Unshakeable in his popularity in Roscommon, French was reported in June 1812, despite his vote with them on Stuart Wortley’s motion, which seems to have surprised the viceroy, to be one of the Irish Members who would not go into opposition with the Liverpool administration, and in September as an admirer of Canning. Nevertheless, the chief secretary invited him to dinner and afterwards to Parliament in November5 and he remained in general a government supporter. He again voted for Catholic relief 1815-19 and remained a critic of the regulation of illicit distillation in Ireland: he moved for a committee of inquiry, 22 May 1816. He further denounced collective fines on 30 Apr. and 20 May 1819, claiming that 99 of the 100 Irish Members did so.

French remained dissatisfied about patronage for his family, as Peel reported in July 1813, and it was then proposed to placate him with a living for his son in the church ‘which is as great an object to him as a better deanery for his brother’. In February 1815 Peel wrote, ‘Mr Arthur French expects of course payment for his service in coming over’, and proposed a clerkship for his kinsman John French. In February 1816 French tried to get out of attendance, first on account of family business and the assizes and then his daughter’s illness, but the chief secretary advised him that this would not do, at least not without a medical certificate. By June Peel was labelling him ‘an abominable fellow’ for his conduct over illicit distillation. In January 1817 he had three reasons for absence from Parliament:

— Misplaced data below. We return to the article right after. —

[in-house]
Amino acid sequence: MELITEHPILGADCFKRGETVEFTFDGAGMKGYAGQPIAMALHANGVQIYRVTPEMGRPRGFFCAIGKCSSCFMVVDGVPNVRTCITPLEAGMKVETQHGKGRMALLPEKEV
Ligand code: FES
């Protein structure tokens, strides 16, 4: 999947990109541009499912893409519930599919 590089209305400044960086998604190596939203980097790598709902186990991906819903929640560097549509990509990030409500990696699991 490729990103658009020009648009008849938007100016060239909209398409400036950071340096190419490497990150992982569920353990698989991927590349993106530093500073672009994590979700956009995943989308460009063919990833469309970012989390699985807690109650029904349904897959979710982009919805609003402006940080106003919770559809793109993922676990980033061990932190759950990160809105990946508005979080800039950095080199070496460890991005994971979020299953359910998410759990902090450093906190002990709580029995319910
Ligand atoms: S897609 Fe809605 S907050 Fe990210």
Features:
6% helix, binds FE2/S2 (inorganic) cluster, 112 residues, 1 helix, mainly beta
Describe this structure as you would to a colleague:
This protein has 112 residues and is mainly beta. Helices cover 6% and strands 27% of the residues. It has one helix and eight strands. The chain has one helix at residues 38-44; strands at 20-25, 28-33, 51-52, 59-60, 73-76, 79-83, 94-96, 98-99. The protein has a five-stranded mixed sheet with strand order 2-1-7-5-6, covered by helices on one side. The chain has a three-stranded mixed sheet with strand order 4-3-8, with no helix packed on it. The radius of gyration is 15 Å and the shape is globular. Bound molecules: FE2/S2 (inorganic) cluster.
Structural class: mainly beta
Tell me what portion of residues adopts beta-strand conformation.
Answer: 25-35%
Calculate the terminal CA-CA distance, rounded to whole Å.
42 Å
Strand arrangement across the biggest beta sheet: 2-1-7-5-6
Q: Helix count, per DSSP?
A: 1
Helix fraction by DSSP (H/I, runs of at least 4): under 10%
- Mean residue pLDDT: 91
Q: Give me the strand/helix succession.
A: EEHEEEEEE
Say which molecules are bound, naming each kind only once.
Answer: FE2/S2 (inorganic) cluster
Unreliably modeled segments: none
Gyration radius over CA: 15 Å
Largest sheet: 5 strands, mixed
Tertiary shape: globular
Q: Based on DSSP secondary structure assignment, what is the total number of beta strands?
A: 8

first I am by no means well, secondly the state of the country requires my personal attention, thirdly, if I left home, I would not get in my rents, the difficulty attending which is beyond your conception. I have £14,000 due me, and I cannot command £100.6

By 1818, however, French was felt by government to have been well rewarded for his support, even if he had to be pressed for it. His brother John was still dean of Elphin, but his son had a living in the church and his brother Richard was a commissioner at the board of works, while his brother George was assistant barrister of Roscommon. French himself was a trustee of the linen board and a governor of the county. He died from excessive fox hunting, 24 Nov. 1820.7

Ref Volumes: 1790-1820

Author: P. J. Jupp


  • 1. Wakefield, Account of Ireland, ii. 308; J. Wilson, Biog. Index (1808), 512; Cornwallis Corresp. iii. 50.
  • 2. Add. 35781, f. 101; PRO 30/9/1, pt. 2/1, French to Abbot, 10 Dec. 1801, Addington to same, 11 Jan. 1802; PRO 30/8/327, f. 179.
  • 3. Geo. III Corresp. iv. 2894;Add. 31229, f. 186; 31230, f. 41.
  • 4. Grey mss, Ponsonby to Howick, Fri. [2 Apr. 1807]; Wellington Supp. Despatches, v. 19, 102; Wellington mss, Long to Wellesley, 11 May [1807]; NLI, Richmond mss 58/37, 63/609.
  • 5. Richmond mss 68/1060; Add. 37297, f. 171; 40280, f. 88; Leveson Gower, ii. 463.
  • 6. Add. 40252, f. 226; 40262, f. 135; 40283, f. 93; 40285, f. 132; 40288, f. 76; 40290, f. 105; 40291, f. 69.
  • 7. Add. 40297 (French); 40298, f. 36; Gent. Mag. (1820), ii. 571.